FAST Express Lanes

Better use of existing roads can reduce traffic and improve transportation choices

The era of highway expansion is over in the Bay Area — it only leads to more traffic and pollution. It’s time to rethink our roads to improve transportation choices for everyone and plan  for the future of transportation, not the past.

Express lanes, also known as high-occupancy toll (HOT) lanes, have the potential to help. Express lanes let carpools and buses get out of traffic – and then, if the lanes aren’t full, allow solo drivers to use them for a fee. Too often, express lanes are created by widening a highway, which undermines the value of this solution.

A FAST express lane is Fast, Affordable, and Sustainable Transportation — created by converting an existing lane, instead of widening. Toll revenues and cost savings are dedicated to transit alternatives and other strategies to reduce driving and traffic congestion, like express buses, vanpools, rideshare and carpool programs, and reduced fares or tolls for low-income commuters.

Note that in the past we used the term “Optimized HOT” lanes instead of FAST express lanes. Both terms refer to the same concept.yeah

The Bay Area needs FAST express lanes

The Bay Area already has express lanes on I-680-South, I-580 in the Tri-Valley area, and the SR 237/I-880 corridor, with plans for a larger network throughout the region. 

Unfortunately, the current plans fall short of their potential. The Bay Area’s planned network would spend $6 billion in revenue from express lanes on the highways themselves, including hundreds of miles of highway expansion but no commitment to funding public transit. 

TransForm report shows that FAST express lanes are a better option. Converting an existing lane would save money, reduce environmental impacts, be implemented much faster, and free up funds to put towards better transportation choices. Learn more from our FAQ.By 2019, we want Bay Area transportation agencies to have at least two “Optimized HOT” demonstration projects in place and to devote at least 50% of express lane revenues to alternatives to driving and put a program in place to ensure low-income families share in the benefits of the network.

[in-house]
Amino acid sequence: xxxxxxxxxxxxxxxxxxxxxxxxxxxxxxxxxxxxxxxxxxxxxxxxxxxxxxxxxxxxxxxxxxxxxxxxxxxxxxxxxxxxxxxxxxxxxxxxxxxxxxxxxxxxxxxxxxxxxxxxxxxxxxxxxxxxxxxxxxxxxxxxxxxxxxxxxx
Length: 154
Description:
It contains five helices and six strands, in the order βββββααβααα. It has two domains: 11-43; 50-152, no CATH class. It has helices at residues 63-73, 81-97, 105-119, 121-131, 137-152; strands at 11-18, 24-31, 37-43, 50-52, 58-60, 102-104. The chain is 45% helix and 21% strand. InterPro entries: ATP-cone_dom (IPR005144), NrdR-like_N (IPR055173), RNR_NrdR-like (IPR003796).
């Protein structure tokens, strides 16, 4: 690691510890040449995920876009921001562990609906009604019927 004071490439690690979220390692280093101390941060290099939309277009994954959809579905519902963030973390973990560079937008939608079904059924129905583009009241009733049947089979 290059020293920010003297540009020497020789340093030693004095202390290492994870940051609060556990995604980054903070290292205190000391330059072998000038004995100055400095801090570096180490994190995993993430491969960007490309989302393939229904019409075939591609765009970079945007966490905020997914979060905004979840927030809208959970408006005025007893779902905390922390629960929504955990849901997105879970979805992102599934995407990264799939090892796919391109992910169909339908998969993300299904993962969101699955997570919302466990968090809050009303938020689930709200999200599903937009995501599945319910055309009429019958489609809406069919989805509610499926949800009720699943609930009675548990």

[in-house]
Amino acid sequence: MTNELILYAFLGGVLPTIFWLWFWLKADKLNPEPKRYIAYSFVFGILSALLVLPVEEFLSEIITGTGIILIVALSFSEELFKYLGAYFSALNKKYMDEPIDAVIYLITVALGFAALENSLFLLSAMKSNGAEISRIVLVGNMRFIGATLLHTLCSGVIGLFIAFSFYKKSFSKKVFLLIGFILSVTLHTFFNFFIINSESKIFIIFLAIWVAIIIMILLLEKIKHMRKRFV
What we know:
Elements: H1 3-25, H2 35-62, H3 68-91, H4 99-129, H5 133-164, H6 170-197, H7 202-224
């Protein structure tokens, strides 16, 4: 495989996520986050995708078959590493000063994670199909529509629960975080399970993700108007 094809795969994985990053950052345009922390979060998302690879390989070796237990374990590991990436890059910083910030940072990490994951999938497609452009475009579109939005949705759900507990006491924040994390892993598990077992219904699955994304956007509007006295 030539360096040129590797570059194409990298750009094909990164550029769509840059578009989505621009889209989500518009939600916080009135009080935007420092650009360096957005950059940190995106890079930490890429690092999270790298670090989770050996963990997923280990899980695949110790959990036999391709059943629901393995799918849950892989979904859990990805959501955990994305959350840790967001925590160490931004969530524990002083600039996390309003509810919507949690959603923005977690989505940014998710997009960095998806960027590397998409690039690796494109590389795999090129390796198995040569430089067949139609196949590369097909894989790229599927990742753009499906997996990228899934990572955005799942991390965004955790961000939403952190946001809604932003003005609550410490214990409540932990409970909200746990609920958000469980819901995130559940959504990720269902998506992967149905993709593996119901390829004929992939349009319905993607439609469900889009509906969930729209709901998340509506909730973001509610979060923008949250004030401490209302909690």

By 2019, we want Bay Area transportation agencies to have at least two FAST express lane demonstration projects in place, devoting at least 50% of toll revenues to alternatives to driving, with a program to ensure low-income families share in the benefits of the network. We also want Caltrans to eliminate roadblocks to this approach throughout the state.

Piloting FAST express lanes on Highway 101

Traffic on Highway 101 between San Francisco and Gilroy is a nightmare. And Silicon Valley is the innovation capitol of California and the nation, so it’s a perfect place to pilot FAST express lanes.

San Mateo County government and transit agencies are studying solutions, including FAST express lanes and widening the highway to create an express lane. We are working with a growing coalition of transportation, equity, and environmental groups on the Peninsula to call for FAST express lanes on Highway 101 as the most efficient, equitable, and sustainable solution to the traffic problem.

Let us know if you want to get involved!

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For more information, contact Clarrissa Cabansagan or sign up for updates on the campaign.